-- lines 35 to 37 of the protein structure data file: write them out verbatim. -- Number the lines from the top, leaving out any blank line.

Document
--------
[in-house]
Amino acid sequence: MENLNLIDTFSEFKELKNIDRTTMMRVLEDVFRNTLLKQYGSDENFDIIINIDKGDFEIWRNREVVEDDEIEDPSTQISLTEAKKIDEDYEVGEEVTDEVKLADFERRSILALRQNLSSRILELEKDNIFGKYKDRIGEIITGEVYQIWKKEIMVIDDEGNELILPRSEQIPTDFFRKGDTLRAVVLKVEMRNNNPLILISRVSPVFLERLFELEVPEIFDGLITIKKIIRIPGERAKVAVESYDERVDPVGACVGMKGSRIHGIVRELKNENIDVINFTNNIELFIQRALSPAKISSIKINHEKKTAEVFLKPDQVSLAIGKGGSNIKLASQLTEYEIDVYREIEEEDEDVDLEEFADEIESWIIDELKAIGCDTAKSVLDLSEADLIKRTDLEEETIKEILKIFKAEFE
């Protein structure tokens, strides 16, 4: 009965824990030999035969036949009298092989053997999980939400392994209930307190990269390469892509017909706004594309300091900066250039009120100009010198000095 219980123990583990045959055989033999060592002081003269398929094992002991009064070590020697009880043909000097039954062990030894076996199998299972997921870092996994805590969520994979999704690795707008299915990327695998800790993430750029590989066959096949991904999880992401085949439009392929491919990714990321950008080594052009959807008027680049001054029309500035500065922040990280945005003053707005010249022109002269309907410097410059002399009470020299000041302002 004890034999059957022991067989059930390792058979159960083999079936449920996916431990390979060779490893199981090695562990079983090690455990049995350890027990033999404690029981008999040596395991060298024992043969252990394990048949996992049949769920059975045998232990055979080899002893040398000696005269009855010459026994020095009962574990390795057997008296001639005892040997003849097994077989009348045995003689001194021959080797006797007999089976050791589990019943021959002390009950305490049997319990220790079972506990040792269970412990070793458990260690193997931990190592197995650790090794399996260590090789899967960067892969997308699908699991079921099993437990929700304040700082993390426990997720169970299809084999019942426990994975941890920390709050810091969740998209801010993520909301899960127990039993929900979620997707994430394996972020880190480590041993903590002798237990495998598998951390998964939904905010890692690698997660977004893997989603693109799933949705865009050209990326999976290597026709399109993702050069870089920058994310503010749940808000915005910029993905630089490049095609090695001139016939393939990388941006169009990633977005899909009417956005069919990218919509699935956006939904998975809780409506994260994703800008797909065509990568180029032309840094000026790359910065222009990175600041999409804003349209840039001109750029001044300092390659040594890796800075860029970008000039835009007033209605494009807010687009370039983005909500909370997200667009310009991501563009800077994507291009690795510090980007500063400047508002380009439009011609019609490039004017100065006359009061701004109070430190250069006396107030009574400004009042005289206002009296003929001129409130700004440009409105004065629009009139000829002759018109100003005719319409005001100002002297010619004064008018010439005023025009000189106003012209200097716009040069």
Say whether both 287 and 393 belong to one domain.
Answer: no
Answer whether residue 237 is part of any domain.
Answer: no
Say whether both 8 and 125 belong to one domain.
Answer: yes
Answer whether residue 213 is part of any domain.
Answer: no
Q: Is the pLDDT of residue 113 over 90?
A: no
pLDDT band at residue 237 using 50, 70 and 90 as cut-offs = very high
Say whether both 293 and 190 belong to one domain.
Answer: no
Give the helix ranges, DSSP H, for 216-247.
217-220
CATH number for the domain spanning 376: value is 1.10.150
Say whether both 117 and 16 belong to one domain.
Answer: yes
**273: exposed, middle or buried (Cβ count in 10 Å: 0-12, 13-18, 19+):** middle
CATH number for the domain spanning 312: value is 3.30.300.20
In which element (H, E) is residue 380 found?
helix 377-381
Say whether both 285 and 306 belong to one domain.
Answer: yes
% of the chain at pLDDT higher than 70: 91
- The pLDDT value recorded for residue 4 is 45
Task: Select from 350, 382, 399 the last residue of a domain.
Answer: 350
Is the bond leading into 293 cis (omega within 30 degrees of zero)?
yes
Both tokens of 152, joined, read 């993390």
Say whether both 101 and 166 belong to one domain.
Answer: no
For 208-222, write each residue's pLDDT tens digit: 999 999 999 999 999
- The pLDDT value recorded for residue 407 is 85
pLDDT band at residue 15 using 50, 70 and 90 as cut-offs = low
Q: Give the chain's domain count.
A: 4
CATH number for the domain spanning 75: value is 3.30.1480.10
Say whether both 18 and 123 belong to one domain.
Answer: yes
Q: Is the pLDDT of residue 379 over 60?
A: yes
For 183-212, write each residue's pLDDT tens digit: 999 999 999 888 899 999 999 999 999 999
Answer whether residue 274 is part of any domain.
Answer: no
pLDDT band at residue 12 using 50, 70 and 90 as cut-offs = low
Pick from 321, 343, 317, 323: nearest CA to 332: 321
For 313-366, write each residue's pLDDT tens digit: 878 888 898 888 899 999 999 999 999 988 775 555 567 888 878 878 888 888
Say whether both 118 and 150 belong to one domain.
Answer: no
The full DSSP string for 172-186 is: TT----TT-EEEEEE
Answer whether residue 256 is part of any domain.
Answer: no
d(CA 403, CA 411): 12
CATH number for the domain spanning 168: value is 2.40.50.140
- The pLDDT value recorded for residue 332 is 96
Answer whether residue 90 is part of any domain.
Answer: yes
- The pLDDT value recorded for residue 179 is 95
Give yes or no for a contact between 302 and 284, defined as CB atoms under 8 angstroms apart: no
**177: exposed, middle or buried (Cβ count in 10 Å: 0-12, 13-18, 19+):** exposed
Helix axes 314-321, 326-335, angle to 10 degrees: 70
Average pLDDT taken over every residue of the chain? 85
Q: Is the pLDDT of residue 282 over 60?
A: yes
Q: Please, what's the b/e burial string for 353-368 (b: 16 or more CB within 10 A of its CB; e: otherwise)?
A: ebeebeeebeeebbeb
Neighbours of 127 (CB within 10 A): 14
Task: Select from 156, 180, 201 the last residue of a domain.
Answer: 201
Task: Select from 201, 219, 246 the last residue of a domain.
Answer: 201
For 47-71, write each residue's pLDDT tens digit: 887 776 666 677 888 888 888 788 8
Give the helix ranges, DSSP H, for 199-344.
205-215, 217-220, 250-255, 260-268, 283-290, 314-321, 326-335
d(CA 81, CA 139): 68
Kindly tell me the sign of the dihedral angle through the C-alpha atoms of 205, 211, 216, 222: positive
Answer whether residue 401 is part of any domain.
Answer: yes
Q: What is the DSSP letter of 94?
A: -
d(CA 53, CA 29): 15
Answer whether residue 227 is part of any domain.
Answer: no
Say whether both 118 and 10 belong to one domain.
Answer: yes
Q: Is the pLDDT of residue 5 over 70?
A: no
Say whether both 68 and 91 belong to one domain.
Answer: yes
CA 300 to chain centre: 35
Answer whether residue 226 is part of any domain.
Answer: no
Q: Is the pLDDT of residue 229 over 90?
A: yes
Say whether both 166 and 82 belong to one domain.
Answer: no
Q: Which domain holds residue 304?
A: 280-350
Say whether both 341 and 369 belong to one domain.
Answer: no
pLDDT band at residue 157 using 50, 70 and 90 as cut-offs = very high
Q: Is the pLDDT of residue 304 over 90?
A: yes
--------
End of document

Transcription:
Say whether both 101 and 166 belong to one domain.
Answer: no
For 208-222, write each residue's pLDDT tens digit: 999 999 999 999 999